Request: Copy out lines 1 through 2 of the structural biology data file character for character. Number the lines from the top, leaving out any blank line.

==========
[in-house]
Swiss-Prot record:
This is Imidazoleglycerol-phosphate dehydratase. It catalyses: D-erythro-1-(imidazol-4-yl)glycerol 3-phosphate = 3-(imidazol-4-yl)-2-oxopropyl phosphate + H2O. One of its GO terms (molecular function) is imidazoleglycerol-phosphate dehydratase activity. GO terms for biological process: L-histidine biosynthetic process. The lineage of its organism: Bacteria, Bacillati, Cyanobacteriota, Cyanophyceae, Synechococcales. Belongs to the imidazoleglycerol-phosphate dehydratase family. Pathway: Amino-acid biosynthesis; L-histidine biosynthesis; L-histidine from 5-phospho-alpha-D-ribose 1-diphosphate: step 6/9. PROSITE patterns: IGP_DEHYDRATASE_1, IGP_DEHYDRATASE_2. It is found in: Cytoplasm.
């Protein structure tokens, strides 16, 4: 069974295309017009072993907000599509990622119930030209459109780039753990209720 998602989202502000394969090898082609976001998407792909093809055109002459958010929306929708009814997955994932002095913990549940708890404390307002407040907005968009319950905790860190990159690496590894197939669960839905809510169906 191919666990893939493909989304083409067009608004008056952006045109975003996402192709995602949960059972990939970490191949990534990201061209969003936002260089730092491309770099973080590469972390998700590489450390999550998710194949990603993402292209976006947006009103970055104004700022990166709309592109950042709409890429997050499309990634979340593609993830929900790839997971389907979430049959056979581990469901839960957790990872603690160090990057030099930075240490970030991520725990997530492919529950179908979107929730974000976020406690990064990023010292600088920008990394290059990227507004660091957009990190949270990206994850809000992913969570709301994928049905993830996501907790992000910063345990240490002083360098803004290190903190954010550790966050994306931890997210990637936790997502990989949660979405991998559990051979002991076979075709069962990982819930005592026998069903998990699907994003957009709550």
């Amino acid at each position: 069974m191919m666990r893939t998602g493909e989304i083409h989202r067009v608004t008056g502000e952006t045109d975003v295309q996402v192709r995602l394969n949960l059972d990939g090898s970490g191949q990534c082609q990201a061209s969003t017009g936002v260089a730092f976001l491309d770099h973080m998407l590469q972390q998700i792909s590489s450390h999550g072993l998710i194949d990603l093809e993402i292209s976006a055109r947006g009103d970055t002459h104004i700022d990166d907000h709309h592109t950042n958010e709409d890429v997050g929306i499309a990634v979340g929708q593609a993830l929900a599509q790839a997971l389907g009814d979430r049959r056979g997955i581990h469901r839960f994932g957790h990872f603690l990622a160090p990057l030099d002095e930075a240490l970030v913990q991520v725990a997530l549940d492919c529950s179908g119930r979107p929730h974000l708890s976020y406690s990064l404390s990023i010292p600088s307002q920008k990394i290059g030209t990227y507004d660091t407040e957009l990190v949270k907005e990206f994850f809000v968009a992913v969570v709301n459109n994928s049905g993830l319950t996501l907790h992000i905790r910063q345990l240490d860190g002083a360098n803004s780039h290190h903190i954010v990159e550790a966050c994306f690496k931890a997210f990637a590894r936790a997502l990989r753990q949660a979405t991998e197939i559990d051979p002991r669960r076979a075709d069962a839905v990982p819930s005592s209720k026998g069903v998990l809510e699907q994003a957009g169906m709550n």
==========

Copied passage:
[in-house]
Swiss-Prot record: